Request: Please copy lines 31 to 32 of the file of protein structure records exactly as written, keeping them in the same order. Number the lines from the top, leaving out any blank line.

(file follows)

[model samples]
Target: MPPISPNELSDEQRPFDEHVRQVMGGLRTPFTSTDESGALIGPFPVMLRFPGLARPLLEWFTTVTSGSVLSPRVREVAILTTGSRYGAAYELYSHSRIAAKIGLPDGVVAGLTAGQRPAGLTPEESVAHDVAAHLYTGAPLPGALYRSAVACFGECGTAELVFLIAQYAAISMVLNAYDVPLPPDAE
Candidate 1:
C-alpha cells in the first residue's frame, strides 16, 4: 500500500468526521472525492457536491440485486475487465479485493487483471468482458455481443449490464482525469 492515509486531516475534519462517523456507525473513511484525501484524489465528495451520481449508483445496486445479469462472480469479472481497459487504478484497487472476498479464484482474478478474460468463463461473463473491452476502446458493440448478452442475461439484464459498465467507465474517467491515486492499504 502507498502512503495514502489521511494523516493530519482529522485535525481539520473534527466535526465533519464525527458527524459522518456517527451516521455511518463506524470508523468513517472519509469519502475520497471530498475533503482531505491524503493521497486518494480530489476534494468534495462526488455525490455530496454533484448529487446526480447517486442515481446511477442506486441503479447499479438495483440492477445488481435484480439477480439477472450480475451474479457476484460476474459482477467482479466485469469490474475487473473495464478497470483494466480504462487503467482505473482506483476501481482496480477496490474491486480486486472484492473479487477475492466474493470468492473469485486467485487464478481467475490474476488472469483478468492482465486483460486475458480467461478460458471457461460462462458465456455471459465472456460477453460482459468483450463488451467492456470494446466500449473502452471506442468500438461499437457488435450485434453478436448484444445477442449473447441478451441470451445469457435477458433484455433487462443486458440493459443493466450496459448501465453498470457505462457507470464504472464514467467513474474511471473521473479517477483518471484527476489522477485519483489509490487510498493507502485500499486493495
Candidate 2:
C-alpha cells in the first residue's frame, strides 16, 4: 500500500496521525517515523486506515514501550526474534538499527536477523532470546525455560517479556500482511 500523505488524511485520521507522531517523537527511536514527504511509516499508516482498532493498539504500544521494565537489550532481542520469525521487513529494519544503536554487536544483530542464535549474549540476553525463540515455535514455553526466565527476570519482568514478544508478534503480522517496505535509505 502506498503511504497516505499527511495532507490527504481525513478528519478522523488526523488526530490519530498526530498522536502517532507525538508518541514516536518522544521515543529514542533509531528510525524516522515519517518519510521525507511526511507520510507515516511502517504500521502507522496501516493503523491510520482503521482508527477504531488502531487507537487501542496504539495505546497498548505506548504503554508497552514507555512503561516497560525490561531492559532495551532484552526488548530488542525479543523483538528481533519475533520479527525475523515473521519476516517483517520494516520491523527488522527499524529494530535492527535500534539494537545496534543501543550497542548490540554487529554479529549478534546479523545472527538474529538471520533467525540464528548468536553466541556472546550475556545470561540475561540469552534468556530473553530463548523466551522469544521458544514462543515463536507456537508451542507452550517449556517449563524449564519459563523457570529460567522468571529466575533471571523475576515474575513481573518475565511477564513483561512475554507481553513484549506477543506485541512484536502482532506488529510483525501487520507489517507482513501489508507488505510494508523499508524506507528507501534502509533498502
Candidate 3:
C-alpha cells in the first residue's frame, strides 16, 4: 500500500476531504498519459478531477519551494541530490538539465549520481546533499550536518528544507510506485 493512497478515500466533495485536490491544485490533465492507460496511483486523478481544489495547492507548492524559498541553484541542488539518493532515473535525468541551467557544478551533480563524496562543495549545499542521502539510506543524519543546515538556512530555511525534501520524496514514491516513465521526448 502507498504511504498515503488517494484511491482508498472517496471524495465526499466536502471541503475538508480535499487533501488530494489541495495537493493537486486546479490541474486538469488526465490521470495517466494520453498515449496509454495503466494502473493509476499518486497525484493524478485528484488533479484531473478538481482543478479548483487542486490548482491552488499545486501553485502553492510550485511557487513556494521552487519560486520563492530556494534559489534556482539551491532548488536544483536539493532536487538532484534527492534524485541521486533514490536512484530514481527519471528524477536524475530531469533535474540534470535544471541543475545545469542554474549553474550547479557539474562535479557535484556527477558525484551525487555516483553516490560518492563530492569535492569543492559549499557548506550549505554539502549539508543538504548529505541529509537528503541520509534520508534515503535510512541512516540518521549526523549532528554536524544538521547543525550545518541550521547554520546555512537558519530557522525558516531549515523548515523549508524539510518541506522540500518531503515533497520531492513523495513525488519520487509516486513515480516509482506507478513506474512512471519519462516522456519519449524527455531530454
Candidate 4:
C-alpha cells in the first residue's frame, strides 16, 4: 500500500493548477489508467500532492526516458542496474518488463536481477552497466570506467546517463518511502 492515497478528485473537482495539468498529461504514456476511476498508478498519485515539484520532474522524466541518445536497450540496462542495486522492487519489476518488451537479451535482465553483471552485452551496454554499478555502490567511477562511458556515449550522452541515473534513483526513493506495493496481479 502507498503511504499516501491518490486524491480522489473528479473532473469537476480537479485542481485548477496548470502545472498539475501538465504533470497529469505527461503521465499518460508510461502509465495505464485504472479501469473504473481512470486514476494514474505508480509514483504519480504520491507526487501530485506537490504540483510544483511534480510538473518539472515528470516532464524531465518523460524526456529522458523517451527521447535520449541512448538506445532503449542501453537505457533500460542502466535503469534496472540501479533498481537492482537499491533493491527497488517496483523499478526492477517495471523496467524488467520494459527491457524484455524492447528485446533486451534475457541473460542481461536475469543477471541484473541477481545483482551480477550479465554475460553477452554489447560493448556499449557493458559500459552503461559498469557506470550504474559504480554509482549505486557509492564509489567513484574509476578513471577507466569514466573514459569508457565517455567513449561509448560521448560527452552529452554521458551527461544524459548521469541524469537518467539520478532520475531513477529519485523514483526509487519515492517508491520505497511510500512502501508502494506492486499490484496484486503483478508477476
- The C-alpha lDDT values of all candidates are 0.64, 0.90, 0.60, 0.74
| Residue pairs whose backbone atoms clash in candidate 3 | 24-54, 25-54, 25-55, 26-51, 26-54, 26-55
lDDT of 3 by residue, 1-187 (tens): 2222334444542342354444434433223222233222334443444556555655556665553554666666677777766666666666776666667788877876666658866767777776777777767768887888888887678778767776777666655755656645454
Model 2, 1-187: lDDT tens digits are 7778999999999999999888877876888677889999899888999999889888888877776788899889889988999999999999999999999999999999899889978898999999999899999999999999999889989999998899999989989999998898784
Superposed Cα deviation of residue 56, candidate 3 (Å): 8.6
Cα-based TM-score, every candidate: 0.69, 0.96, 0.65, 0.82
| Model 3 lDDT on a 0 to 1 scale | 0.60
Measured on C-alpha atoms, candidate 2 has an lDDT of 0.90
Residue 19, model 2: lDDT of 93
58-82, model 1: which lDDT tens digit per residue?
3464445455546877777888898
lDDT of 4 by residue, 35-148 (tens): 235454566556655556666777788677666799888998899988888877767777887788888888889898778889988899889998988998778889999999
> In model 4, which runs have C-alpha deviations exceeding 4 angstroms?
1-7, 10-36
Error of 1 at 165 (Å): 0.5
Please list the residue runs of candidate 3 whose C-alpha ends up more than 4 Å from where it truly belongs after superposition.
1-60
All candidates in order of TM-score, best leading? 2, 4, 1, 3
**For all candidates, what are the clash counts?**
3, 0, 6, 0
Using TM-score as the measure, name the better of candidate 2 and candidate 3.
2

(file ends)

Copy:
Using TM-score as the measure, name the better of candidate 2 and candidate 3.
2